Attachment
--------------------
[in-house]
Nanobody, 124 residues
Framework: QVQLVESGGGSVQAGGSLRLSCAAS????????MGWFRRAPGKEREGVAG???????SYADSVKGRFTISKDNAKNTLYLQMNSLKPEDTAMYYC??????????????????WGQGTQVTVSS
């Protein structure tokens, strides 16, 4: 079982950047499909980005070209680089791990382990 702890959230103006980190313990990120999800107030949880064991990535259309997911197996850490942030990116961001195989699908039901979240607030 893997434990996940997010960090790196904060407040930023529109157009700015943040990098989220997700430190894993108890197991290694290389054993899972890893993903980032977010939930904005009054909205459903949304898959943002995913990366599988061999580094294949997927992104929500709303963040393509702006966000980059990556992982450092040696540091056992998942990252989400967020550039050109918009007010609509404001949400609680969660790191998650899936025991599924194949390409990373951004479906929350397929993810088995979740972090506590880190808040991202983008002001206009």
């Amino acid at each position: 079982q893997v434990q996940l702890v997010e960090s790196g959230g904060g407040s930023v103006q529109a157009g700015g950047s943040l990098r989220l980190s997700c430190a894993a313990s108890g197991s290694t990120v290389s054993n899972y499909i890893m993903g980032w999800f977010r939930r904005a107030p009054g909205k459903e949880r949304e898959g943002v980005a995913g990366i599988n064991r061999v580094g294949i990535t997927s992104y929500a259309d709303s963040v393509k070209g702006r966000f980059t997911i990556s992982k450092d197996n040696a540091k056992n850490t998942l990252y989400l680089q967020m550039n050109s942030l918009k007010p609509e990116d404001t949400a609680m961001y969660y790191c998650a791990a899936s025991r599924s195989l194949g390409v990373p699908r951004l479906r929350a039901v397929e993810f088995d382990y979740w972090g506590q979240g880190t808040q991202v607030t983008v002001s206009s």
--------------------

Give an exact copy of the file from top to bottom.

[in-house]
Nanobody, 124 residues
Framework: QVQLVESGGGSVQAGGSLRLSCAAS????????MGWFRRAPGKEREGVAG???????SYADSVKGRFTISKDNAKNTLYLQMNSLKPEDTAMYYC??????????????????WGQGTQVTVSS
């Protein structure tokens, strides 16, 4: 079982950047499909980005070209680089791990382990 702890959230103006980190313990990120999800107030949880064991990535259309997911197996850490942030990116961001195989699908039901979240607030 893997434990996940997010960090790196904060407040930023529109157009700015943040990098989220997700430190894993108890197991290694290389054993899972890893993903980032977010939930904005009054909205459903949304898959943002995913990366599988061999580094294949997927992104929500709303963040393509702006966000980059990556992982450092040696540091056992998942990252989400967020550039050109918009007010609509404001949400609680969660790191998650899936025991599924194949390409990373951004479906929350397929993810088995979740972090506590880190808040991202983008002001206009």
């Amino acid at each position: 079982q893997v434990q996940l702890v997010e960090s790196g959230g904060g407040s930023v103006q529109a157009g700015g950047s943040l990098r989220l980190s997700c430190a894993a313990s108890g197991s290694t990120v290389s054993n899972y499909i890893m993903g980032w999800f977010r939930r904005a107030p009054g909205k459903e949880r949304e898959g943002v980005a995913g990366i599988n064991r061999v580094g294949i990535t997927s992104y929500a259309d709303s963040v393509k070209g702006r966000f980059t997911i990556s992982k450092d197996n040696a540091k056992n850490t998942l990252y989400l680089q967020m550039n050109s942030l918009k007010p609509e990116d404001t949400a609680m961001y969660y790191c998650a791990a899936s025991r599924s195989l194949g390409v990373p699908r951004l479906r929350a039901v397929e993810f088995d382990y979740w972090g506590q979240g880190t808040q991202v607030t983008v002001s206009s």